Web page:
The Iron Cap block cave mine includes an estimated development duration of 4 years, a production ramp-up period of 6 years, steady state production at 32.9 million tonnes per year for 17 years, and then a production ramp-down period of 6 years. The Iron Cap block cave is located adjacent to the Mitchell-Treaty Tunnels (“MTT”), the transportation conduit between mine and mill.

The Iron Cap mine is designed as a partially electrified mine with partial automation where battery electric vehicles replace diesel production loaders on the extraction level and trains replace trucks on the haulage level. The height of draw averages around 500m, ranging from 200m on the west limit that is developed early in the mine life to 750m on the east edge of the design that is developed late in the mine life.

The Kerr block cave has an estimated development duration of five years, a production ramp-up period of 5 years, and steady state production at 29.2 million tonnes per year for 20 total years with a seven year production dip to as low as 15.0 million tonnes during the transition from the first to second lift.

The Kerr block cave has been designed as a conventionally developed and operated block cave mine leaving additional upside for improvement by electrification.

The mining NSR shut-off is C$20 per tonne for the Iron Cap block cave and C$18 per tonne for the Kerr block cave. The mill feed contained in the mine plan for the 2022 PEA including dilution and mining losses are stated as follows.

Mill Feed from the PEA Mine Plan













Zone Mining Method Classification Tonnes (millions) Average Grades Contained Metal
Gold
(g/t)
Copper
(%)
Silver
(g/t)
Gold
M oz’s
Copper
M lbs
Silver
M oz’s
Iron Cap Block Cave M+I 58 0.62 0.28 3.2 1.1 354 5.9
Inferred 685 0.58 0.36 3.0 12.7 5,424 65.4
Kerr Open Pit M+I 117 0.26 0.51 1.4 1.0 1,315 5
Inferred 7 0.74 0.09 1.5 0.2 14 0
Block Cave M+I 48 0.25 0.53 1.3 0.4 557 2.0
Inferred 777 0.31 0.49 1.7 7.8 8,339 43.6
Total Mill Feed Mined M+I 223 0.35 0.45 1.8 2.5 2,226 13
Inferred 1,469 0.44 0.43 2.3 20.7 13,777 109

Note: The 2022 PEA is preliminary in nature and includes Inferred Mineral Resources that are considered too speculative geologically to have the economic considerations applied to them that would enable them to be categorized as Mineral Reserves, and there is no certainty that the results of the 2022 PEA will be realized. Mineral Resources are not Mineral Reserves and do not have demonstrated economic viability.

Production

The 2022 PEA assumes that the 2022 PFS plan has been completed. Open pit mining equipment will be relocated to the Kerr deposit to begin pre-stripping while the Iron Cap block cave is being developed. Year 1 of the 2022 PEA mine life coincides with the first year of mill feed from the Iron Cap deposit. Mill feed from Kerr block cave begins in Year 7. The 2022 PEA production plan produces 14.3 Billion pounds of copper, 14.3 Million ounces of gold, 68.2 million ounces of silver, and 13.8 million pounds of molybdenum from 1.7 Billion tonnes of mill feed over a 39 year mine life. The production schedule is shown in the graph below.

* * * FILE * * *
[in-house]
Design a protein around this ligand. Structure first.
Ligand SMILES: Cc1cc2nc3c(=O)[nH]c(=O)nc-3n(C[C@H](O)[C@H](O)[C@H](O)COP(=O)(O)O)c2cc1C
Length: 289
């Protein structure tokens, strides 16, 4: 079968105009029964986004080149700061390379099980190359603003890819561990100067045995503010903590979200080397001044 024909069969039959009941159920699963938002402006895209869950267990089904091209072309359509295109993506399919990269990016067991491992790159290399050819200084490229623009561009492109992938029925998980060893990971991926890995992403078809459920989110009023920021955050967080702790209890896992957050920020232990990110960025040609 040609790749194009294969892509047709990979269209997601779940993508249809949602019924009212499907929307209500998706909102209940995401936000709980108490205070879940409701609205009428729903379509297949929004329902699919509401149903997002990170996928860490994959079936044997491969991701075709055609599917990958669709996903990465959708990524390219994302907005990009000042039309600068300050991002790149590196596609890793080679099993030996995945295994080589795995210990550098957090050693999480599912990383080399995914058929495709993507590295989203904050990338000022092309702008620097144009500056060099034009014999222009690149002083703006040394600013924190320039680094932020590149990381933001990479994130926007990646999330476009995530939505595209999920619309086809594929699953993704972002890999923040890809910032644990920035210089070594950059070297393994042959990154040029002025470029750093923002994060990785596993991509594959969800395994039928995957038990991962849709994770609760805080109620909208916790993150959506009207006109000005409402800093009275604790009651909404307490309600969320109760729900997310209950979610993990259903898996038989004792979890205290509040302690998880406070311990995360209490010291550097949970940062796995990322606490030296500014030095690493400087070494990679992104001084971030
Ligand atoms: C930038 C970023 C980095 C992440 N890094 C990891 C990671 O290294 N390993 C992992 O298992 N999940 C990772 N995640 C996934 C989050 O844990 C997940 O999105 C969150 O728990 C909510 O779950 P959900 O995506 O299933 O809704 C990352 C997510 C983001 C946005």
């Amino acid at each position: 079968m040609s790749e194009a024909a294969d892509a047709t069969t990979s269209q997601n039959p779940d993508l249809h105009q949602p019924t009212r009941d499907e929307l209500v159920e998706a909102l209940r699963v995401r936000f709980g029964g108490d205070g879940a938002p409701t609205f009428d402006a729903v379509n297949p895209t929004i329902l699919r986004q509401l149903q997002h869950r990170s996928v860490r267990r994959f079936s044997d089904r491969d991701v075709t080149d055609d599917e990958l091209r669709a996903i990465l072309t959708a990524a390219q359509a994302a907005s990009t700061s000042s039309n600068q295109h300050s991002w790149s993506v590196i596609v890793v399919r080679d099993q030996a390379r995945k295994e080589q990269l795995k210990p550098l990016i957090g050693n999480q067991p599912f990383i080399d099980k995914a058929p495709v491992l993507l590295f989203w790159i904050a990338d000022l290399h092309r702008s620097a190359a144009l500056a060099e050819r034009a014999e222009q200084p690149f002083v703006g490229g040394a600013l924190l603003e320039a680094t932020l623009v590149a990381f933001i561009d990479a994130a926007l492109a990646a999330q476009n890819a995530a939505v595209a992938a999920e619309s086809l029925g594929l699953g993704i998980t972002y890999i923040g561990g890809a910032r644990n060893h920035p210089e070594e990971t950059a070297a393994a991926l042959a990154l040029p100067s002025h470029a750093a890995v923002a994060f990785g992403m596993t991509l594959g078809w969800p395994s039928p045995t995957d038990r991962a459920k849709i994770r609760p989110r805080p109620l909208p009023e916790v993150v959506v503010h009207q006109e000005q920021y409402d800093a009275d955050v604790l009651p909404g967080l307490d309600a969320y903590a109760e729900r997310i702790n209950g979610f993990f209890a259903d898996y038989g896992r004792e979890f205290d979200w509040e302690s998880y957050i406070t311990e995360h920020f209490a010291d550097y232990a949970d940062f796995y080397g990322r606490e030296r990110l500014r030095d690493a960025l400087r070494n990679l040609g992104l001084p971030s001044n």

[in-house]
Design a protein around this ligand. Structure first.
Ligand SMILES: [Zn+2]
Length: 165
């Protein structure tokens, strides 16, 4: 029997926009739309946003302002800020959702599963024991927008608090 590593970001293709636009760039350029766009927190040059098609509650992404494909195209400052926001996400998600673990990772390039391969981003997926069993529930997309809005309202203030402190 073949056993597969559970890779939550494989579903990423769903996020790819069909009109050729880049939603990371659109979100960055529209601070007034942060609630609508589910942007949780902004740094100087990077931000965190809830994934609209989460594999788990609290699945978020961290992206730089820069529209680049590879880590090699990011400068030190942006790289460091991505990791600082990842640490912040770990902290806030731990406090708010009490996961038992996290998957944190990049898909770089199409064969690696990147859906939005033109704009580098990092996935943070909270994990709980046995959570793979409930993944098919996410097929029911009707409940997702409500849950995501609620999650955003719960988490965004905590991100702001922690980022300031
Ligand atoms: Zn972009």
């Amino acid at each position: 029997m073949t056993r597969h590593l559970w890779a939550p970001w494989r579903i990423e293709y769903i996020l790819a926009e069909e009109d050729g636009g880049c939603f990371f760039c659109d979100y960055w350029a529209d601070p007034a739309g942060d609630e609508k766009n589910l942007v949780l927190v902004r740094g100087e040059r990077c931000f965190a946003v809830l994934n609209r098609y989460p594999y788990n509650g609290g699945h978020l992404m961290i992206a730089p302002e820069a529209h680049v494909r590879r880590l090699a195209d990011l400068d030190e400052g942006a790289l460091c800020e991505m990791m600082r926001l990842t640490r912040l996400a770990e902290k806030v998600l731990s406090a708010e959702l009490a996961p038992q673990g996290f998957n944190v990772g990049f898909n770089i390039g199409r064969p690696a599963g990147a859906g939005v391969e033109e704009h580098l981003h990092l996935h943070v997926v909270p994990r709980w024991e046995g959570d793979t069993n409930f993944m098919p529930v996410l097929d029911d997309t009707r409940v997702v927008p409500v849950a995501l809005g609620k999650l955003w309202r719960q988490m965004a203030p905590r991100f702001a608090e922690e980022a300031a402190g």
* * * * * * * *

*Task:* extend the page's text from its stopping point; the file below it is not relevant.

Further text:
Junior Mining Network2022 PEA Mill Feed Production Schedule

Average annual production is summarized estimated as follows:

Average Annual Metal Production






  Life of Mine
Average
Average Grades:
Gold (grams per tonne)
Copper (%)
Silver (grams per tonne)
Molybdenum (parts per million)
 
0.43
0.43
2.2
24
Average Annual Production:
Gold (ounces)
Copper (pounds)
Silver (ounces)
Molybdenum (pounds)
 
368,000
366 million
1.8 million
0.4 million

Note: Annual production shows total metal contained in copper concentrate, doré, and molybdenum concentrate.

Tailing management is envisioned as a combination of technically viable storage approaches that will be refined in future studies to comprise appropriate and responsible solutions depending on best selected locations and available technology.

Capital Costs

Initial capital cost for the 2022 PEA is estimated at US$1.5 billion with sustaining capital over the 39 year mine life estimated at US$12.8 billion dominated by block cave development capital. Initial capital includes all capital until the first year of mill feed (Year 1). Capital estimates are summarized as follows:

2022 PEA Capital Costs (US$ million)















  Initial Sustaining Total
US$ M US$ M US$ M
Direct Costs      
   Mine 828 6,678 7,506
   Process 0 651 651
   Tailings Management Facility 74 664 738
   On-site Infrastructure 26 573 599
   Power Supply/Energy Recovery 0 112 112
Total Direct Capital 927 8,678 9,606
   Indirect cost 253 1249 1,502
   Contingency 320 2824 3,145
Total Capital 1,500 12,752 14,252

Note: Numbers may not add due to rounding

Operating Costs